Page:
The worldwide prevalence of type 2 diabetes is reaching epidemic proportions. According to the International Diabetes Federation and other professional bodies, the global population of adults with diabetes (types 1 and 2) was approximately 415 million in 2015; that number is expected to rise to 642 million people by 2040. This trend is of grave concern to patients, healthcare providers, and governments. In addition to the direct burden of managing the disease, common and often catastrophic complications include cardiovascular disease, peripheral neuropathy, and blindness. Prompt diagnosis and effective treatment of diabetes are essential priorities for healthcare agencies and governments. The economic consequences of diabetes are also vast.
Diabetes has high commercial significance to the suppliers of agents used in treatment of the disease and the devices needed for monitoring. The current diabetes market includes insulin and insulin delivery devices, various classes of oral hypoglycemic agents, and different types of instruments used for diagnosis and especially for monitoring the level of diabetic control. A new study by the Tufts Center for the Study of Drug Development reports that diabetes drug development is riskier compared with all drug development.
Still, this already large market will grow in line with the increasing incidence of the disease and advances in diagnosis. The resulting market for diabetes therapies should reach $155 billion by 2021, from $125 billion in 2016, at a compound annual growth rate of 4.4%.The market for monitoring equipment and insulin delivery devices was approximately $18 billion in 2015 and is set to reach $29 billion by 2021.
GLOBAL DIABETES MARKET BY PRODUCT GROUP, 2015-2021
Oral hypoglycemic drugs comprise the largest product group, followed by insulin products (including administration devices), and then by monitoring devices and accessories. The global market for all insulins is estimated to have been worth $100 billion in 2015. US sales accounted for 23%, and sales in Europe for 24%. The insulin market is highly concentrated, with only three major suppliers: Eli Lilly, Novo Nordisk, and Sanofi.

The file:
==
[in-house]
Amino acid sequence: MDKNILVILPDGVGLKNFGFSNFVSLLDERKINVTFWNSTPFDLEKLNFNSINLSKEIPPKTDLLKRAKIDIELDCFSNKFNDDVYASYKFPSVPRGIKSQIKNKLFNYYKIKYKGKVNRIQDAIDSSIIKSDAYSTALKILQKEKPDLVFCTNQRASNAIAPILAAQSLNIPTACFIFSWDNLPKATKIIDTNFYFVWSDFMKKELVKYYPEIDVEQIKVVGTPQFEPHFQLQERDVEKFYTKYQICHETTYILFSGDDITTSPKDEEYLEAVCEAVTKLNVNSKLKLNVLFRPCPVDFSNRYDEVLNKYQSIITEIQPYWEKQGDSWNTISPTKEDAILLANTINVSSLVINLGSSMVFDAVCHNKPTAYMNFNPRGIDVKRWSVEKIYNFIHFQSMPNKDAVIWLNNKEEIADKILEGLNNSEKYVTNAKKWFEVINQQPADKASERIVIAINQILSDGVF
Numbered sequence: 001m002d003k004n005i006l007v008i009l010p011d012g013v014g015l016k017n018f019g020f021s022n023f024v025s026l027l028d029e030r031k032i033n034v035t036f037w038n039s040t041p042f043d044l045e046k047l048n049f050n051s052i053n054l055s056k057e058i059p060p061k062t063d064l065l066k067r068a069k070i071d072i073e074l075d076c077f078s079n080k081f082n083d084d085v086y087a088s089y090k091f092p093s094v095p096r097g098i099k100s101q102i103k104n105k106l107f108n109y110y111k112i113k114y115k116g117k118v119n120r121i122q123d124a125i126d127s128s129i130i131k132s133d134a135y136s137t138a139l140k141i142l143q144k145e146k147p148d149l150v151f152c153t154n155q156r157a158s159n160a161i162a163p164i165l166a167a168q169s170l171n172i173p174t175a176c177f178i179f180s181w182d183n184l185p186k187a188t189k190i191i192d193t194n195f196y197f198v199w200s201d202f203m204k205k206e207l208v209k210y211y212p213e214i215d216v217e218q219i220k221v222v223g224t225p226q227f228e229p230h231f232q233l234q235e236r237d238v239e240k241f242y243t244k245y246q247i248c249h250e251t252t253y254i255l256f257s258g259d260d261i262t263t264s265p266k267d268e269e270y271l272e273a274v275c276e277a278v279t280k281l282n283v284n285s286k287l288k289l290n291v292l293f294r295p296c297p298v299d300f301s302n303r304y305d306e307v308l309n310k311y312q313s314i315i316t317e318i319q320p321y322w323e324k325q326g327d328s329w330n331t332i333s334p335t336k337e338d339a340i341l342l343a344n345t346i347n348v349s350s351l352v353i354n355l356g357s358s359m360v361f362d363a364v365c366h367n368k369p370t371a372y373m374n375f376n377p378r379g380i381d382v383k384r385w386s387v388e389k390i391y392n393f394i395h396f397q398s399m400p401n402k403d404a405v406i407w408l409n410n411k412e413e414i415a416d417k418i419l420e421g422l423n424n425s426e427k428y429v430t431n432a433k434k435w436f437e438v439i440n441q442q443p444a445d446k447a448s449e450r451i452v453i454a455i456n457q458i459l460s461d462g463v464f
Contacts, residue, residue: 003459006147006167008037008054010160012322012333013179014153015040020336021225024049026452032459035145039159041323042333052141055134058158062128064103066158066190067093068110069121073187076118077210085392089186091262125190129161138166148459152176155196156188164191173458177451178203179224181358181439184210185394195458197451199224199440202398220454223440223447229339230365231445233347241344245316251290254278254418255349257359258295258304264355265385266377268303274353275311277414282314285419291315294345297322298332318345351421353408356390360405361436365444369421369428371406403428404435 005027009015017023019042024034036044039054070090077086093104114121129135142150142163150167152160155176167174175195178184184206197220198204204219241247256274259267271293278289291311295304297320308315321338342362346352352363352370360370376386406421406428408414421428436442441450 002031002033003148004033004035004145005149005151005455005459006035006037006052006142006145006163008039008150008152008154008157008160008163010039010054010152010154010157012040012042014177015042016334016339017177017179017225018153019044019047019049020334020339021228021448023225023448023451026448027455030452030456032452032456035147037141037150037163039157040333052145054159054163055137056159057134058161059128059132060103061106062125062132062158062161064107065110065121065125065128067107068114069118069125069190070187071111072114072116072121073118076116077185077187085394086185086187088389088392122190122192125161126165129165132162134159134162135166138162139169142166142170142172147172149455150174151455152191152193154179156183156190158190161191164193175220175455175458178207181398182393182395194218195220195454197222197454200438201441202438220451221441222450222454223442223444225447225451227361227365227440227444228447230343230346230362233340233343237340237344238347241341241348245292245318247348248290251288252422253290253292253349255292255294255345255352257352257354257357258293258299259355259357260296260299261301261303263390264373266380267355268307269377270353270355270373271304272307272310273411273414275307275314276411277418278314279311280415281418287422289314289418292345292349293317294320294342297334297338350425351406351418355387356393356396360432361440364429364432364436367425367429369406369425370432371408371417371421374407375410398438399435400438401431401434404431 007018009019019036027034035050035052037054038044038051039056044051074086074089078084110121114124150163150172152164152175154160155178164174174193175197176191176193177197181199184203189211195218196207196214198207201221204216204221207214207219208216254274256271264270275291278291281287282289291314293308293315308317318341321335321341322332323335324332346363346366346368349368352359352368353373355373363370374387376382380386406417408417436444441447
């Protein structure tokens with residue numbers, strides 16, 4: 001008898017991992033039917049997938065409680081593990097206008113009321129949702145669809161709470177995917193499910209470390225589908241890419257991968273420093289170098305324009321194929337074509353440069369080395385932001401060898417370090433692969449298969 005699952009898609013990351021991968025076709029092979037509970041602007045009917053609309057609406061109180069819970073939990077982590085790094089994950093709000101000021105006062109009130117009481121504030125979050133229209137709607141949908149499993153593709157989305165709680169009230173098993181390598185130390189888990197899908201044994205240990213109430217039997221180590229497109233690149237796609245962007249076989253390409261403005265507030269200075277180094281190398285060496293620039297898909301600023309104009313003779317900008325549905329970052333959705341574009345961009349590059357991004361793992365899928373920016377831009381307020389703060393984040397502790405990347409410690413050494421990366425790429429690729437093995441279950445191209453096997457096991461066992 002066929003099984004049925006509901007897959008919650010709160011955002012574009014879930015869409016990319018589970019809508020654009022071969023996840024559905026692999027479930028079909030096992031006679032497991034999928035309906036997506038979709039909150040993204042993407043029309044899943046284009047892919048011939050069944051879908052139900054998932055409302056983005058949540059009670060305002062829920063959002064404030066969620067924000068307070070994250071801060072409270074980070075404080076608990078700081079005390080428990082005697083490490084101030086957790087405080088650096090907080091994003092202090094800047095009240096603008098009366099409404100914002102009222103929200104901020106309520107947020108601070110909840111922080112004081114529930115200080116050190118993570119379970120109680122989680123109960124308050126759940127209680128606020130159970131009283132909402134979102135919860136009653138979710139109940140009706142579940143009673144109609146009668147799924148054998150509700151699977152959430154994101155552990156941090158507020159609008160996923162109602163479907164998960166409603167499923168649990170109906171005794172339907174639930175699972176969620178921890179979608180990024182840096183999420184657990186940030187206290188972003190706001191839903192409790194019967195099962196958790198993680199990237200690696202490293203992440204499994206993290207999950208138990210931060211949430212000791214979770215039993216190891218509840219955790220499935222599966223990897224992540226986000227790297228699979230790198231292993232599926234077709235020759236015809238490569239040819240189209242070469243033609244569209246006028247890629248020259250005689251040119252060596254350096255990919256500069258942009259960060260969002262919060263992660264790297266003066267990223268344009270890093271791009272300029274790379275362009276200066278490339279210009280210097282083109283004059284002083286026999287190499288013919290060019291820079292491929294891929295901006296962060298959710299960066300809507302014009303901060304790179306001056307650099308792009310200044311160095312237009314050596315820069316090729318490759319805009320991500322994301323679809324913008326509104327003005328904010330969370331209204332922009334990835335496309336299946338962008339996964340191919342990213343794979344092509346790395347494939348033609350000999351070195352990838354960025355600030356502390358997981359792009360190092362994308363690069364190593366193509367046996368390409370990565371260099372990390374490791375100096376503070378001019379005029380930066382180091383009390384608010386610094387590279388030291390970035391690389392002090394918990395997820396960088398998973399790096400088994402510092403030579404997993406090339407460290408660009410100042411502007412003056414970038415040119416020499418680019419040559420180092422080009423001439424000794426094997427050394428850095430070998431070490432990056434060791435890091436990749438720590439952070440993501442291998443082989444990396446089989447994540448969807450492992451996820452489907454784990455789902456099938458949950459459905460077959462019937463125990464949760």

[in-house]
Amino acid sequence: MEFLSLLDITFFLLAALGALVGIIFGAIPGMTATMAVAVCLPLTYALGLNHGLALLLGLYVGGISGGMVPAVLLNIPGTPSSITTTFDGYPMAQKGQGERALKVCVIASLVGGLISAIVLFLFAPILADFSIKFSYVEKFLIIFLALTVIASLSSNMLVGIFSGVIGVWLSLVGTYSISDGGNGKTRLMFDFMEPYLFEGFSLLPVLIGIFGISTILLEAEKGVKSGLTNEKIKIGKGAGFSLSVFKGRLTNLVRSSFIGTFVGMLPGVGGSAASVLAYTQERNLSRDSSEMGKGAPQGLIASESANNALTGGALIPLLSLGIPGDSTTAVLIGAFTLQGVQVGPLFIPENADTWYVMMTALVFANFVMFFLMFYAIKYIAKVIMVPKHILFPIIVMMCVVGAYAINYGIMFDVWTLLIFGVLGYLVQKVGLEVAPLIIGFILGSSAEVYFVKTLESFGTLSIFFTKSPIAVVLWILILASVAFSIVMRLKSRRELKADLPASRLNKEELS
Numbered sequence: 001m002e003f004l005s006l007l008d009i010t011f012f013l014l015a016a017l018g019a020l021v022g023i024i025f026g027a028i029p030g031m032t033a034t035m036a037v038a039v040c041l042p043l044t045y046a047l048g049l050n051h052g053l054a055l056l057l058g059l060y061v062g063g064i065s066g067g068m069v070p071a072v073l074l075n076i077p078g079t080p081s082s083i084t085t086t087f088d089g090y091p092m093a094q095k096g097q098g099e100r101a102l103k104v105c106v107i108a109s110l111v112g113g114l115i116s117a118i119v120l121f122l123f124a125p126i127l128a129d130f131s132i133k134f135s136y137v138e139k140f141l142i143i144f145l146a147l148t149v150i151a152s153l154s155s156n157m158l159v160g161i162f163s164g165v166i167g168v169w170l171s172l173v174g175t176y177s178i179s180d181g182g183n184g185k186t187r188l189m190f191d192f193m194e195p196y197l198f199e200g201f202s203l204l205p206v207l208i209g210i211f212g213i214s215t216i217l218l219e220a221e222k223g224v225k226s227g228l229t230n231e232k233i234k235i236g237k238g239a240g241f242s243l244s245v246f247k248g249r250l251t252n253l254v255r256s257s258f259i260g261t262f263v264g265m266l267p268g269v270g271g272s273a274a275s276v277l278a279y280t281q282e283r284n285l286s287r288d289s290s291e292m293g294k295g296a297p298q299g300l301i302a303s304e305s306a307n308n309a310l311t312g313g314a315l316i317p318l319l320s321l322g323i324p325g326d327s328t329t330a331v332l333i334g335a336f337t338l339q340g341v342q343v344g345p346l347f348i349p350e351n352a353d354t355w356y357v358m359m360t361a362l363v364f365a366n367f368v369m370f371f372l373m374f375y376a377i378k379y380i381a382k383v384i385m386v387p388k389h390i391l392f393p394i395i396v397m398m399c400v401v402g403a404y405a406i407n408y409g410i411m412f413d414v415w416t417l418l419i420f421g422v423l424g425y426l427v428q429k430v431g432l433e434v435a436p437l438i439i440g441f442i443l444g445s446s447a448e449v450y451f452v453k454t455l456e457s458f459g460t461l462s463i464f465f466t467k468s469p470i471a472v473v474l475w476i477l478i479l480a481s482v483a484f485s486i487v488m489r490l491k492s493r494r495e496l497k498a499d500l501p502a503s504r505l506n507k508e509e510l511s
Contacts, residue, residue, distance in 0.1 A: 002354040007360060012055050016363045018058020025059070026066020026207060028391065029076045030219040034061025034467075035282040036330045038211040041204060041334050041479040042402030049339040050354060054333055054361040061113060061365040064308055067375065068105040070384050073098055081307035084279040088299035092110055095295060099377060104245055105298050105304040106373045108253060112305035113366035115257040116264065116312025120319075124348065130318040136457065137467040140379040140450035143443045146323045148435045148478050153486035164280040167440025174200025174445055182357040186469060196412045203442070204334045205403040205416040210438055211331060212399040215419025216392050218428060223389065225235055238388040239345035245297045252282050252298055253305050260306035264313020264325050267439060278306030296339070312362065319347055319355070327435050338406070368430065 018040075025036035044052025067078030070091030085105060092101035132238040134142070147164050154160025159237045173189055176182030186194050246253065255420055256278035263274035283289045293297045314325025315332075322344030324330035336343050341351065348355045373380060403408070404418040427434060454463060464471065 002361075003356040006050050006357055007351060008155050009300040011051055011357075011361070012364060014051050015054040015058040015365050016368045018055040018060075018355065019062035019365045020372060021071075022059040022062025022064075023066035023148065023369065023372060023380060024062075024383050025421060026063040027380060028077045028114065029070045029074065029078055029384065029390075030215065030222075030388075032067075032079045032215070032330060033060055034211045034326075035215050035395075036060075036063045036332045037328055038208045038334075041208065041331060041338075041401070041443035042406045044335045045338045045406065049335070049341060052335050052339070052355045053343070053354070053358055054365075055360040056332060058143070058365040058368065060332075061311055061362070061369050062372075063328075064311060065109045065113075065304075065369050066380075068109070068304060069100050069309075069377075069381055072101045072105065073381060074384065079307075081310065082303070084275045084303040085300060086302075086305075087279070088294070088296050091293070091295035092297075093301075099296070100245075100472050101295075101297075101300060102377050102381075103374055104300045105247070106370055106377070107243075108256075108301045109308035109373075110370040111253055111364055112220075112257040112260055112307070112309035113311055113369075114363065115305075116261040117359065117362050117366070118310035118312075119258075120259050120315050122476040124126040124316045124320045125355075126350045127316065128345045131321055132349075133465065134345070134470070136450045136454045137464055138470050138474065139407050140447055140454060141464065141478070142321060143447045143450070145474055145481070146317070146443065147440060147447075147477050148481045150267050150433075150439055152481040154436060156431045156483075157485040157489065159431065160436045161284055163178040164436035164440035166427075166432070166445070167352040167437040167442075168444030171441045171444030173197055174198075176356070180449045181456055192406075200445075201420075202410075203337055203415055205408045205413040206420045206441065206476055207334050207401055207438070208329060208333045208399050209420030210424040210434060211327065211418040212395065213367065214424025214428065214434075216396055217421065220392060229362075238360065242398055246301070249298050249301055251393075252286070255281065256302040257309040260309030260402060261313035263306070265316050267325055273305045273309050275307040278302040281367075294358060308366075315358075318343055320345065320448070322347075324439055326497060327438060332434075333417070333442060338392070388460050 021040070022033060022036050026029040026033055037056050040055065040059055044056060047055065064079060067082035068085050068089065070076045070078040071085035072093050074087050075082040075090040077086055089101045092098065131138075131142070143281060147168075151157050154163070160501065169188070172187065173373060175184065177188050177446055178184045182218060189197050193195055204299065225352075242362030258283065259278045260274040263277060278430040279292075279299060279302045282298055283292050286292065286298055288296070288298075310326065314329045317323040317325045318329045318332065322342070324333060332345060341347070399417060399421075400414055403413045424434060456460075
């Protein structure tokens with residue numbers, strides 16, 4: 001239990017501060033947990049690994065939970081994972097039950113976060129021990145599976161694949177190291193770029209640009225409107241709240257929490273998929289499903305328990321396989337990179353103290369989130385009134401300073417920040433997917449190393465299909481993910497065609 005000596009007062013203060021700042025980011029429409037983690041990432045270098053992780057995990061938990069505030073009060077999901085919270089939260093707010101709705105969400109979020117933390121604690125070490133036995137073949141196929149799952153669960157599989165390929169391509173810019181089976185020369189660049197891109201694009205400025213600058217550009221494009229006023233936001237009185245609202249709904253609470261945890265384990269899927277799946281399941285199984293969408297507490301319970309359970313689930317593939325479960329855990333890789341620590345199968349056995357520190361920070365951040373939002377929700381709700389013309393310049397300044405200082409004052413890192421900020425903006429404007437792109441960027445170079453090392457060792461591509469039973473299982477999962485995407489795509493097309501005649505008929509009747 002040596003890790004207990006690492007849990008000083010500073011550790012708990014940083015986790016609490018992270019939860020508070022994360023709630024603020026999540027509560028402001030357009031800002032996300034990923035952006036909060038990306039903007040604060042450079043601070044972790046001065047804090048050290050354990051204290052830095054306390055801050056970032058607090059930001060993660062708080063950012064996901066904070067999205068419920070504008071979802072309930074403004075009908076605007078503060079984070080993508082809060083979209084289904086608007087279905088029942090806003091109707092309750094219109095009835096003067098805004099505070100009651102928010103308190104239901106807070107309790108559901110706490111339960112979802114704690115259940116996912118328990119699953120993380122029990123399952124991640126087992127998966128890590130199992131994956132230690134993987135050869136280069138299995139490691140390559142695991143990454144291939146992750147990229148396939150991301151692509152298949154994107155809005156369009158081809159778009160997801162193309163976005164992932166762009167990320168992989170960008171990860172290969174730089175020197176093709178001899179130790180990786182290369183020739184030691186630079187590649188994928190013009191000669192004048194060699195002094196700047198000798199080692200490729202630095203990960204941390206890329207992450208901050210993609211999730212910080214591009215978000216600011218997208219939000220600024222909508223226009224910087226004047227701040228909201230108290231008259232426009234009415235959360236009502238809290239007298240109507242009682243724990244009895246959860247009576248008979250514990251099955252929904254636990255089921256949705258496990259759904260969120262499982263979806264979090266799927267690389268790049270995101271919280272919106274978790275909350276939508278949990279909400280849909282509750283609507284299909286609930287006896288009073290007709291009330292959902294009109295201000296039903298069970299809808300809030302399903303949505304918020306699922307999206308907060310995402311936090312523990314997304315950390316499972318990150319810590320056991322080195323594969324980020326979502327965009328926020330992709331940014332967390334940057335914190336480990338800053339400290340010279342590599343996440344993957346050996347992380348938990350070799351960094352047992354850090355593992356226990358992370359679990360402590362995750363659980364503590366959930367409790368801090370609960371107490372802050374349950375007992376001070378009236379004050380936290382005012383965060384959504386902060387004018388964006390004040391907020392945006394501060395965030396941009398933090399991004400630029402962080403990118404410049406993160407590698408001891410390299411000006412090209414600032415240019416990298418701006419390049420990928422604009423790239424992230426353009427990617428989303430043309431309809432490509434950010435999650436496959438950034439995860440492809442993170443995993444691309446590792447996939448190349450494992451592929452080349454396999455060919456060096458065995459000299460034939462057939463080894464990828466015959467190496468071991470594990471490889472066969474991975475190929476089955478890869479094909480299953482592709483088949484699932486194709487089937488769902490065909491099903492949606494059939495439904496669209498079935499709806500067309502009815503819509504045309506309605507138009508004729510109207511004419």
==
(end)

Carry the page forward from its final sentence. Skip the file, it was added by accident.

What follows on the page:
The diabetes market consists mainly of products used in the treatment of type 1 and type 2 diabetes. Type 1 diabetes is a lifelong autoimmune disease that currently must be treated with insulin. Type 2 diabetes typically appears in middle age and is linked to obesity; therefore, it is more prevalent in developed countries where populations tend to have relatively affluent lifestyles, sedentary occupations, and dietary overindulgence.
“Until researchers achieve the goal of managing diabetes by tackling the underlying genetic and immunologic causal mechanisms, growth in this market is likely to be driven mainly by the increasing prevalence of both main types of diabetes, especially in developed and emerging economies, with incremental growth resulting from the introduction of improved versions of current drugs and devices,” says BCC Research analyst Paul Evers.
ORAL INSULIN IS SOMEWHAT OF A "HOLY GRAIL"
Insulin is a hormone of large molecular size that has traditionally been given by subcutaneous injection; if taken orally in a conventional tablet or capsule, it is destroyed by gut enzymes. Other hypoglycemic drugs are usually capable of being taken orally, but some have inherently short half-lives that necessitate frequent dosing. More than 30 years after diabetics began injecting themselves with the modern form of insulin, delivery of this hormone in a pill seems as elusive as ever. Still, Novo Nordisk is reviewing its efforts to determine whether such a product can be commercially viable, and how much investment would be needed.
Getting the right amount of insulin into a tablet is a formidable challenge; too much or too little can drive blood sugar to dangerous extremes. Novo Nordisk, which has sold injection-based drugs for nearly a century, has thus shifted its focus to an oral version of an experimental diabetes drug, semaglutide, which stimulates insulin production in the pancreas.
Glucagon-like peptide-1 (GLP-1) hormones are produced and released into the blood by the intestine in response to food. GLP-1 increases the secretion of insulin from the pancreas, slows absorption of glucose from the gut, and reduces the action of glucagon. All three of these actions reduce levels of glucose in the blood. In addition, GLP-1 reduces appetite.
Novo Nordisk’s semaglutide is a GLP-1 receptor agonist. It has proven effective in reducing the risk of heart attacks, strokes, and cardiovascular deaths in diabetics by 26%. An oral version of the drug could be available in 2020, according to Novo Nordisk’s chief science officer, Mads Krogsgaard Thomsen. Quoted in Bloomberg (9/19), Thomsen said, “Insulin is much more dangerous than GLP-1, and that means with oral insulin, getting the window right is not easy.’’ However, Novo Nordisk is not necessarily giving up on its ambitions for insulin in a pill. The company said in August that it would provide an update on its oral insulin program in the second half of the year.
A recent study by BCC Research, Global Markets for Diabetes Therapeutics and Diagnostics, provides detailed market, technology, and industry analyses to help quantify and qualify the market for agents used in the treatment of diabetes, as well as the devices and instruments used for disease diagnosis and monitoring. Other factors evaluated include healthcare policies, demographic data, and the wider economic environment. Important global market trends are identified, and sales forecasts are provided by product categories and major regional markets through 2021.